Cancel your 2012 end-of-the-world party plans. The date could be all wrong.

There's something vaguely disconcerting about using FOX News as a source of scientific information, but this one's just too good to pass up.

There's something vaguely disconcerting about using FOX News as a source of scientific information, but this one's just too good to pass up. Apparently, the whole 2012 end-of-the-world thing might be, well, wrong.

I know. Most of us with a relatively formal analytical background don't believe the 2012 thing, anyway. We have a pretty good feeling that, other the inevitable disappointment about whoever's elected in the next Presidential election cycle, 2012 won't be the end of the world.

Even if your party doesn't get elected in 2012, or -- through some bizarre combination of luck and stage presence, Sarah Palin does -- it's still not going to be the end of the world.

But there are people out there who believe the Mayan calendar foretells the end of the world and that end will occur in the year 2012.

Oh, if only.

I'm going to have to spend that summer watching the Democratic and Republican conventions. If there's anything that's not fun, it's watching the monopoly party (that's the Dems, at least for another few weeks) try to justify how they lost the war. Or the Party-of-No (that's the Republicans) claim that their plan to give yet more tax cuts to billionaires will solve all of America's woes.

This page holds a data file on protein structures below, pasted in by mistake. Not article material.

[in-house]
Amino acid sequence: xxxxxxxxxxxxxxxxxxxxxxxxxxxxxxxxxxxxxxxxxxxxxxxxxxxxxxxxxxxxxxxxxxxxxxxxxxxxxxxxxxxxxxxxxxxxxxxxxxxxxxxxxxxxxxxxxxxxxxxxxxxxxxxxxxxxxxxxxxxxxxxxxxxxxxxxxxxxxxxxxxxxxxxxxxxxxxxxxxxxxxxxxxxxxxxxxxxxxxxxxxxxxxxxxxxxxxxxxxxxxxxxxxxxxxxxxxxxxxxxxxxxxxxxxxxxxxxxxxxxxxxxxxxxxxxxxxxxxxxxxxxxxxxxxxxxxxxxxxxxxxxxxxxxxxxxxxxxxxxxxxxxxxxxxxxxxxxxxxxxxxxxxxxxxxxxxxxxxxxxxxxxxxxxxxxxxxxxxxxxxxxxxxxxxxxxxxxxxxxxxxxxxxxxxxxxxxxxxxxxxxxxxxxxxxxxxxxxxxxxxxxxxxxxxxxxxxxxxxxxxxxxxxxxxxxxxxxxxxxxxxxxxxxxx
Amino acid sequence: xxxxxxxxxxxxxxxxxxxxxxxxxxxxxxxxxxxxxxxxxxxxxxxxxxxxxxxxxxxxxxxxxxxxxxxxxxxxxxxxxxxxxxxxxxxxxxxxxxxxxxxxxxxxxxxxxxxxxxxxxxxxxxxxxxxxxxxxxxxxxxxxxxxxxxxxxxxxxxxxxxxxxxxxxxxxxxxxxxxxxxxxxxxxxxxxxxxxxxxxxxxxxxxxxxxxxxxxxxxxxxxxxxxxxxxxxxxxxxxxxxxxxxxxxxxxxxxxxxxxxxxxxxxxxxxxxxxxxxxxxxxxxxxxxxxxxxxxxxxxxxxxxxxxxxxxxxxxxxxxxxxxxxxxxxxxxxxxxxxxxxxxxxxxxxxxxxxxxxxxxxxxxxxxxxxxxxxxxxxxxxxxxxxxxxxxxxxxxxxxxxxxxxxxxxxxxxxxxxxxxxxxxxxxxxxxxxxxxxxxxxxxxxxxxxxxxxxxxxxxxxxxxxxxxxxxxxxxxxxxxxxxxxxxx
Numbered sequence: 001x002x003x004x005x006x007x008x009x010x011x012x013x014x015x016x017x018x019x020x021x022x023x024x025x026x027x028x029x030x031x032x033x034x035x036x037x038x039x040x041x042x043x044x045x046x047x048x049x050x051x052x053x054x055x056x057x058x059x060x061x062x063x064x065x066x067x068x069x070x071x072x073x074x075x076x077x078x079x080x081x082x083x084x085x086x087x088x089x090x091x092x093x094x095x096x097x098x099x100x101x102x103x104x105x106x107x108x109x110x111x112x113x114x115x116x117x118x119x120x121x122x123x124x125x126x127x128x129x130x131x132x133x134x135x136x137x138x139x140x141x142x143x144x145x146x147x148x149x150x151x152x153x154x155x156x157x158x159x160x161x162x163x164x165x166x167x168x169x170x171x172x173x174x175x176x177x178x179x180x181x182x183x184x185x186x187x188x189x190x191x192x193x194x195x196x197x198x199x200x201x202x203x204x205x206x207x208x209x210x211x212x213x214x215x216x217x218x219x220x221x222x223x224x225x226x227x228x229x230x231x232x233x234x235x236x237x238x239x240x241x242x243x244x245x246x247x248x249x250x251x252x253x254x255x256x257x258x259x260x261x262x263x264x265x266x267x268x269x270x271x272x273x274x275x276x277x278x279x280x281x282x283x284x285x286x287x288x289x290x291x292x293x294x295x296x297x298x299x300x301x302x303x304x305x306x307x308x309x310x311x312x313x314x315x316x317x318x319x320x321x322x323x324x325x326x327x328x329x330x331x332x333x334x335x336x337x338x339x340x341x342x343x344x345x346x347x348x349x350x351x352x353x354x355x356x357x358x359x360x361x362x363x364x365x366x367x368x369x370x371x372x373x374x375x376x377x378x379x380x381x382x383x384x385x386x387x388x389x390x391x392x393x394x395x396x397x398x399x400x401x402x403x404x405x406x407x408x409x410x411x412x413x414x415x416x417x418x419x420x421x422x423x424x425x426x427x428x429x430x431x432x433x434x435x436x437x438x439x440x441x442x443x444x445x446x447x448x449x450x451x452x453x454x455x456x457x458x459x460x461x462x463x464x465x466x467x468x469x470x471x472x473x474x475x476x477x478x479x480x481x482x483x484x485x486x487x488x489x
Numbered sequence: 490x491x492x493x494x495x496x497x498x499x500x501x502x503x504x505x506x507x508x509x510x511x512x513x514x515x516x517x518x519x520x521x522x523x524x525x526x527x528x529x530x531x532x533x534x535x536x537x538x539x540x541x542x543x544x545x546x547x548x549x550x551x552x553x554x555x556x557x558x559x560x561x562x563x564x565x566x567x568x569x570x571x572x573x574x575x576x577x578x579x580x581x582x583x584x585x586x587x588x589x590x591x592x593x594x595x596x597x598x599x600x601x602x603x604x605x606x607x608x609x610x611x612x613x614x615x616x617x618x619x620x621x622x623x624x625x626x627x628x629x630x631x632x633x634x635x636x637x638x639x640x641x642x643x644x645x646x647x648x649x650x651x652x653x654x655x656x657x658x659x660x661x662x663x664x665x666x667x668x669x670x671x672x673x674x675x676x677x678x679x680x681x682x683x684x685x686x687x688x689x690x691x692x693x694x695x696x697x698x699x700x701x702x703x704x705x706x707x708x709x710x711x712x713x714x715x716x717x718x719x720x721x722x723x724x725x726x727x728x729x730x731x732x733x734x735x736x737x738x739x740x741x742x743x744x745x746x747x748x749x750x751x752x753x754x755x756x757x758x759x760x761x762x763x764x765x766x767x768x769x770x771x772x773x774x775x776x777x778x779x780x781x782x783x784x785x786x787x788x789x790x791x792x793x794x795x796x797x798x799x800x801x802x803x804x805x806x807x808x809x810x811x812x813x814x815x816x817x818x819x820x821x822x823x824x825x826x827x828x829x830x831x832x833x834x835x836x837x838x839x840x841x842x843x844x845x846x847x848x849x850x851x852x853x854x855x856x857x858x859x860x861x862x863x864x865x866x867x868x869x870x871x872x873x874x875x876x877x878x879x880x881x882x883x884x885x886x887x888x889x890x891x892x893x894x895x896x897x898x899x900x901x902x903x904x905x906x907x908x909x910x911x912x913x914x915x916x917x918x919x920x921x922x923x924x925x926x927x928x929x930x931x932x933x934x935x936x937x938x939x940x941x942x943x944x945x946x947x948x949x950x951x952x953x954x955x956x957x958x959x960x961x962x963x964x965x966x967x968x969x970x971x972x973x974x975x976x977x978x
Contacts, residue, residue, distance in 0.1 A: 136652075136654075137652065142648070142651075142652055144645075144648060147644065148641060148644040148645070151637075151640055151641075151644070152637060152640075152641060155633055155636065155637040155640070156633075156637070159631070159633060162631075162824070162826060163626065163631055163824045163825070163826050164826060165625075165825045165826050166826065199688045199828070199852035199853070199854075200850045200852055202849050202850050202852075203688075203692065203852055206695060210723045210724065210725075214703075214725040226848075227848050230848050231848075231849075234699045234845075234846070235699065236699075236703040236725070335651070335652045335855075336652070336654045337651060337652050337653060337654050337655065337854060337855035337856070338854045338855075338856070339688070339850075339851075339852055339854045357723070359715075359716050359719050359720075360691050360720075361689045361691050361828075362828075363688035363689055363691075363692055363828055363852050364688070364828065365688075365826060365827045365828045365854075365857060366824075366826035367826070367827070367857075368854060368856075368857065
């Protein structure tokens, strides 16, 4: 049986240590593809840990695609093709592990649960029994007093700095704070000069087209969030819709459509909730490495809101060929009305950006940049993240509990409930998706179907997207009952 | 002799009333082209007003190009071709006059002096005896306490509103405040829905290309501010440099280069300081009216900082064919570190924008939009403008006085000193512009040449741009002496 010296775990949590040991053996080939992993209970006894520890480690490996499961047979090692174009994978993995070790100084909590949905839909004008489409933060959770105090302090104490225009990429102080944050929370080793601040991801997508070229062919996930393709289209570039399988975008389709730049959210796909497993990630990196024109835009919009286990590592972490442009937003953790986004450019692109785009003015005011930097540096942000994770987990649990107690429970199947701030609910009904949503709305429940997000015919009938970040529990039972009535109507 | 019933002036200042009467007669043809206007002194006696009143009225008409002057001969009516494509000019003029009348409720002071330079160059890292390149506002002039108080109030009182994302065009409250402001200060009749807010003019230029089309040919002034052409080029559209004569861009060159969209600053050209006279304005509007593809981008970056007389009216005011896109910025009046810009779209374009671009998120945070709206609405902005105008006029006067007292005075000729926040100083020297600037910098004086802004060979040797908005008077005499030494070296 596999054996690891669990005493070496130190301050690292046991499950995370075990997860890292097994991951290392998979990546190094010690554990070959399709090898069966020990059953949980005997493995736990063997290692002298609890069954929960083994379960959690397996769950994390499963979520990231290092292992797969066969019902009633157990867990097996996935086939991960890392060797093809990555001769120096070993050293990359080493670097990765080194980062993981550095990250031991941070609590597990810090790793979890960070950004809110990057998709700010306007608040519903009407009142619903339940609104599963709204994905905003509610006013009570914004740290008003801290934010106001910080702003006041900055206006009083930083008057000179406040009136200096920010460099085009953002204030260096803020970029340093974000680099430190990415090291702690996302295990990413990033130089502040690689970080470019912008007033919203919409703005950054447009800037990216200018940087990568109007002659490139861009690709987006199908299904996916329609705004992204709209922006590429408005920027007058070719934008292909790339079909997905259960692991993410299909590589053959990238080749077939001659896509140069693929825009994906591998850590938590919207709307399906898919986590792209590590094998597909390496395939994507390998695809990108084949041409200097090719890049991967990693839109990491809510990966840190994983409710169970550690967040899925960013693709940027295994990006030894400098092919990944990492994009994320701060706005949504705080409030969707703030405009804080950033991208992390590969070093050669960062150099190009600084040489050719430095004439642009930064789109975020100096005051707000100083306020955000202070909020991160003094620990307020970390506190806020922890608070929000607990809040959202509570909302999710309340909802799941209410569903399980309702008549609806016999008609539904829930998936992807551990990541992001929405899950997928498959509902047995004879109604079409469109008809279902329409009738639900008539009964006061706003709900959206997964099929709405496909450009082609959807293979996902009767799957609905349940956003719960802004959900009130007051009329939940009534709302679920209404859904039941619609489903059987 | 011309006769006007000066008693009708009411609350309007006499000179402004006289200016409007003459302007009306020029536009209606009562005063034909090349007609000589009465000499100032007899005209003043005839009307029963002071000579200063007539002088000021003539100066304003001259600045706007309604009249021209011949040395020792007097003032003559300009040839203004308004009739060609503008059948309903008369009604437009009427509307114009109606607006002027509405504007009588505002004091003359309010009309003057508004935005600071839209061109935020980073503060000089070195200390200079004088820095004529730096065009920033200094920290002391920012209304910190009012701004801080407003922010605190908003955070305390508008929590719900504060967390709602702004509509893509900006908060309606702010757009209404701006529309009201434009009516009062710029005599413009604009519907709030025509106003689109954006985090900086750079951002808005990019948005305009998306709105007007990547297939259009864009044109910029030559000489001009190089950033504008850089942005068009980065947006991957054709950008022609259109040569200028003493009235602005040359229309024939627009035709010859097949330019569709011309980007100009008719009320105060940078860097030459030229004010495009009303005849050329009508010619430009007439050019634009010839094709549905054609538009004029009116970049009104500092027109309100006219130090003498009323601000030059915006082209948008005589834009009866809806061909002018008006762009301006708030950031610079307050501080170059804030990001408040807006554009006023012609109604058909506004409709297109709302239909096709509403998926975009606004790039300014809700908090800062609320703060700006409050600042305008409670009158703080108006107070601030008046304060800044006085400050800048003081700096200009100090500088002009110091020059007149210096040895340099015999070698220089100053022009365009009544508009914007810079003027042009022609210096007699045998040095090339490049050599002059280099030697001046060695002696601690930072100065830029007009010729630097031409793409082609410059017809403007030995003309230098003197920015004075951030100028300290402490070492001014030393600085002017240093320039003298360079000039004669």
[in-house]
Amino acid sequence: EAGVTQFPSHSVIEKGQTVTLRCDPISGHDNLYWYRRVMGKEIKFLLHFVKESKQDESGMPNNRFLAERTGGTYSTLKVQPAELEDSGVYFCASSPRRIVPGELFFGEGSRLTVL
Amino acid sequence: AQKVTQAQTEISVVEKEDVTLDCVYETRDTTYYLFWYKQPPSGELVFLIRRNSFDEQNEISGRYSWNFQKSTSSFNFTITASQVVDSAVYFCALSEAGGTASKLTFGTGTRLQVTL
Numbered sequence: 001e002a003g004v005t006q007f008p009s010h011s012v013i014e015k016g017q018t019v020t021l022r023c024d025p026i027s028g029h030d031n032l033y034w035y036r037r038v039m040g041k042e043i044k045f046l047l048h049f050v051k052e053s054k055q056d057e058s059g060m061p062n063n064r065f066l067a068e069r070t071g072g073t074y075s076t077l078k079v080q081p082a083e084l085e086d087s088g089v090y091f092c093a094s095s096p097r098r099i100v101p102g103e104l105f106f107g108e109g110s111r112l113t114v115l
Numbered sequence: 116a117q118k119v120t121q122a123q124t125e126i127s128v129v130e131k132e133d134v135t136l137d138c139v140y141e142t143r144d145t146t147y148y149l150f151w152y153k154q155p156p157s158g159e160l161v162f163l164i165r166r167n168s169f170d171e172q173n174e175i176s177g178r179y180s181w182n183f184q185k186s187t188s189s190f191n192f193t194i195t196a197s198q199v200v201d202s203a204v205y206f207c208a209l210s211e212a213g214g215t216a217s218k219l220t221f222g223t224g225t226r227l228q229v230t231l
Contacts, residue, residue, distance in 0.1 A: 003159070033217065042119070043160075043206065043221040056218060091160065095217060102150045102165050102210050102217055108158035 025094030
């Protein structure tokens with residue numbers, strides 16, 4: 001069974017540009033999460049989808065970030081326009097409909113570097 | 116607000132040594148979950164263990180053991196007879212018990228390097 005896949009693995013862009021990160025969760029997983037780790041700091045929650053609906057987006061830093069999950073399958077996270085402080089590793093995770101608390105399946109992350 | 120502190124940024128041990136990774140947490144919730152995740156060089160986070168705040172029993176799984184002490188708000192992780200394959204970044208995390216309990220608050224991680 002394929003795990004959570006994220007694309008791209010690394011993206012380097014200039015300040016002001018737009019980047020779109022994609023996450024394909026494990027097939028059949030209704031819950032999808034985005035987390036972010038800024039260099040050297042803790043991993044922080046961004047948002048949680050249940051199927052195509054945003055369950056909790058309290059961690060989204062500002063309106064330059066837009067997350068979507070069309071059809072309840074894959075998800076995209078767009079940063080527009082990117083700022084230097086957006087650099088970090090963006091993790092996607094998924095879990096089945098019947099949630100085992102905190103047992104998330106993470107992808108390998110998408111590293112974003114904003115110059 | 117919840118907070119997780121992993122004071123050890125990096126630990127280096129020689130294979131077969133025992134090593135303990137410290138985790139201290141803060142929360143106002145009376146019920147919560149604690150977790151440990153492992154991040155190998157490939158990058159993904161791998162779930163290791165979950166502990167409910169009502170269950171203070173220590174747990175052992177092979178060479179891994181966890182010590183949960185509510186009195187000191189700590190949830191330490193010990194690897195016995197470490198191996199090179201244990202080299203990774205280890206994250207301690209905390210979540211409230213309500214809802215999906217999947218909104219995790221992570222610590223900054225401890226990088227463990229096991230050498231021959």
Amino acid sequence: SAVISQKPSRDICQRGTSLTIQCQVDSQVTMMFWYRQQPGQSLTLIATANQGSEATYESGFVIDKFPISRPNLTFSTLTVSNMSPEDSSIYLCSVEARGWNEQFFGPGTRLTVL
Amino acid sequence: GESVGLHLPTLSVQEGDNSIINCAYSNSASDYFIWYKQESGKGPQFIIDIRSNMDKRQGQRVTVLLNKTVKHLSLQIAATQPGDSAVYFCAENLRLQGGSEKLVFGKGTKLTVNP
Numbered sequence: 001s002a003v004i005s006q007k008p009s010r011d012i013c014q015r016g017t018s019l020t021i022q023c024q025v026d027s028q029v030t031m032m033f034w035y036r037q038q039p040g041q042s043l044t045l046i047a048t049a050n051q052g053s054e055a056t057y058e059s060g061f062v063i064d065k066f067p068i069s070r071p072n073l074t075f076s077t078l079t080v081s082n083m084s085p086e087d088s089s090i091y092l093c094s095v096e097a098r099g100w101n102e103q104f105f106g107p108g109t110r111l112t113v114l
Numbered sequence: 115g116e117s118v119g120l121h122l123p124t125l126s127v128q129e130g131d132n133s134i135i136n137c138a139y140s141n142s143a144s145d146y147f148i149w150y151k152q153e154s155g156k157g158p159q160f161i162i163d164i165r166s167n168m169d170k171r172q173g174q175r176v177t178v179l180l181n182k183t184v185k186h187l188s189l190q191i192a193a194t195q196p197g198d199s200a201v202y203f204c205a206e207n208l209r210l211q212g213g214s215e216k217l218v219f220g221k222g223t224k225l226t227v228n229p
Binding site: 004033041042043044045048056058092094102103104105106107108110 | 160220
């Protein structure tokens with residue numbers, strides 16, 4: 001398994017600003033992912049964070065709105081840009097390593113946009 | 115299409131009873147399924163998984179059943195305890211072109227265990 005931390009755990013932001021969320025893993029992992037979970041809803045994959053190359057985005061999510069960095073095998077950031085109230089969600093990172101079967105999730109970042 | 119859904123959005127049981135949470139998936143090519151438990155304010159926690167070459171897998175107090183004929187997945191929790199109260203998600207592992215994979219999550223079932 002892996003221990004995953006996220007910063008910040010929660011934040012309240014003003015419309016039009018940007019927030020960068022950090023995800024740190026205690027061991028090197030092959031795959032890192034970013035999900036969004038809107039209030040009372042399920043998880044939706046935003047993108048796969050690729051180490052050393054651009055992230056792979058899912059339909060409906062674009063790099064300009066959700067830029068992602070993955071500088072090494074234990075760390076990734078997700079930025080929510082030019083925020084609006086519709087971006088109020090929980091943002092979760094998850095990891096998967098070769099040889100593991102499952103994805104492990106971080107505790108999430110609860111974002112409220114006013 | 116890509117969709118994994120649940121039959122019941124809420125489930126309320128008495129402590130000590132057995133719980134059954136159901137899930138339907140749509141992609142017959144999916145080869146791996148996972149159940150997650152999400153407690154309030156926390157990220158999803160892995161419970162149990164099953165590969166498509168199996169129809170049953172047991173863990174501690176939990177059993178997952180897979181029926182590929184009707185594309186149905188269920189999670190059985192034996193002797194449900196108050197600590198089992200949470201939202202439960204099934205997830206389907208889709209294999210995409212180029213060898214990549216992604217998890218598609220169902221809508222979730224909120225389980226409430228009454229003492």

So, if the End. Of. The. World is going to hit, please (oh, please) make it before the conventions.

But I digress. And, okay, fine, I actually can't wait to watch the parties strut their stuff in an epic bipartisan display of utter and complete ineffectiveness. What can I say? I'm twisted that way.

The sky is falling! The sky is falling! Or, not.

Speaking of twisted, let's get back to this FOX News story.

Here's the thing: the end of the world might not exactly happen when we expect it to. The problem, according to UC Santa Barbara professor Geraldo Aldana, is that the 2012 date might not have been calculated properly in the first place. Apparently, the whole thing hinges on a GMT constant (and this isn't Greenwich Mean Time, this is the Goodman, Martinez, Thompson correlation, a numerical constant named after three scientists).

In any case, Aldana says everything about the 2012 date hinges on this Goodman, Martinez, Thompson correlation. The gotcha? Apparently the GMT constant may not be as rock solid as previously thought.

If that's true, the end of the world might not happen in 2012. Aldana doesn't know when it will happen -- or if it already did -- but he's pretty sure 2012 is the wrong date.

Personally, I think the end of the world ended on December 20, 2002. That's the day that Fox canceled Firefly.

See? Fox giveth and Fox taketh away. I guess that's fair and balanced. But, I'm sorry, end of the world or not, you can't take the sky from me.